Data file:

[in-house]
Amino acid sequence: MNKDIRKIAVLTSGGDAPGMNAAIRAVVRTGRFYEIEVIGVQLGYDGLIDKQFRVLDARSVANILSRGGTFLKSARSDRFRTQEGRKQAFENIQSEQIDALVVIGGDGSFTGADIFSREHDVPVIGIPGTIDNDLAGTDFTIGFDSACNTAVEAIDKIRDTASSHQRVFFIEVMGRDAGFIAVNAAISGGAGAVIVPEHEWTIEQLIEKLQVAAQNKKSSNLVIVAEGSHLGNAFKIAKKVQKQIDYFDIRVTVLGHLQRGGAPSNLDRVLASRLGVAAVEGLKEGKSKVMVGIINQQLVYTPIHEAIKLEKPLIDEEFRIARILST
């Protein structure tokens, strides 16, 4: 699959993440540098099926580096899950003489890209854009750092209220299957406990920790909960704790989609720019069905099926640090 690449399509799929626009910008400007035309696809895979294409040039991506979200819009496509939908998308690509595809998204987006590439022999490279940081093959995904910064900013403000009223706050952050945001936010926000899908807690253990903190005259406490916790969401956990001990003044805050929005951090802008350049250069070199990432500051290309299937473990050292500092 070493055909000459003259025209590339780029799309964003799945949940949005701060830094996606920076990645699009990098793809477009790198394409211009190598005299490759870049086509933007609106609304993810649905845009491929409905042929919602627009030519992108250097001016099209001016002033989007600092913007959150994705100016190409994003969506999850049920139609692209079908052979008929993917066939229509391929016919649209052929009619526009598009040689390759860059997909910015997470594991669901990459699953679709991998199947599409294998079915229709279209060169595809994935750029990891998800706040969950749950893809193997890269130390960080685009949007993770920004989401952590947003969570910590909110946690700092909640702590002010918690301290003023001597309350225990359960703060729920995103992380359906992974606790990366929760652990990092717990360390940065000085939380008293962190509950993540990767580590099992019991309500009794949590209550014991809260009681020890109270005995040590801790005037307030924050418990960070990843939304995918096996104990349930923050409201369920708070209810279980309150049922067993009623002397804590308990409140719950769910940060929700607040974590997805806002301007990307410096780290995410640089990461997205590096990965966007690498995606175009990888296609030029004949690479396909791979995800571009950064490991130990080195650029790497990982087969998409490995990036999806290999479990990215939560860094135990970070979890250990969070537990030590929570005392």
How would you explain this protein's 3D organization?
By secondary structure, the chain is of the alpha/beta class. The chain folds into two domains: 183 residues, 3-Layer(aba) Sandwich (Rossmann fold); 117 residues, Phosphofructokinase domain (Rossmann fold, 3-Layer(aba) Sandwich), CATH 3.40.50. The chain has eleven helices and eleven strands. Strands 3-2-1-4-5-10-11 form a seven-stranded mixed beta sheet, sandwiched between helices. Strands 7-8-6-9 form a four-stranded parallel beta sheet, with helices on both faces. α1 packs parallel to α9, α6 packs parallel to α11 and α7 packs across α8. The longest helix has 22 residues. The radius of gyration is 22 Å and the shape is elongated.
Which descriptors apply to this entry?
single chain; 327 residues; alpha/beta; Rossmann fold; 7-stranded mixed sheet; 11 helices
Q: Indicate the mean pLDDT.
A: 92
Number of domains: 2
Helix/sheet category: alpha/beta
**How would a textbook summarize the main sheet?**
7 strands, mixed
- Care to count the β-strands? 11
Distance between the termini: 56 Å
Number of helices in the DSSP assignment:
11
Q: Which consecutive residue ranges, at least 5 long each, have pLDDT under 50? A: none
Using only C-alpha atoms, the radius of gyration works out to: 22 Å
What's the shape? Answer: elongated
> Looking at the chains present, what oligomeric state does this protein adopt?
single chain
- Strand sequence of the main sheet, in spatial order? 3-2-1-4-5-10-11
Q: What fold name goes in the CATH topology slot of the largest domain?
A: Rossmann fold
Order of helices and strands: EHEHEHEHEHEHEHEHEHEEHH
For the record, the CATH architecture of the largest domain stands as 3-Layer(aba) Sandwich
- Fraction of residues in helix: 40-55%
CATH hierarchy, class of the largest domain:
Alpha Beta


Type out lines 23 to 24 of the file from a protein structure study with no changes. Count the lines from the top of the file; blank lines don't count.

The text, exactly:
- Strand sequence of the main sheet, in spatial order? 3-2-1-4-5-10-11
Q: What fold name goes in the CATH topology slot of the largest domain?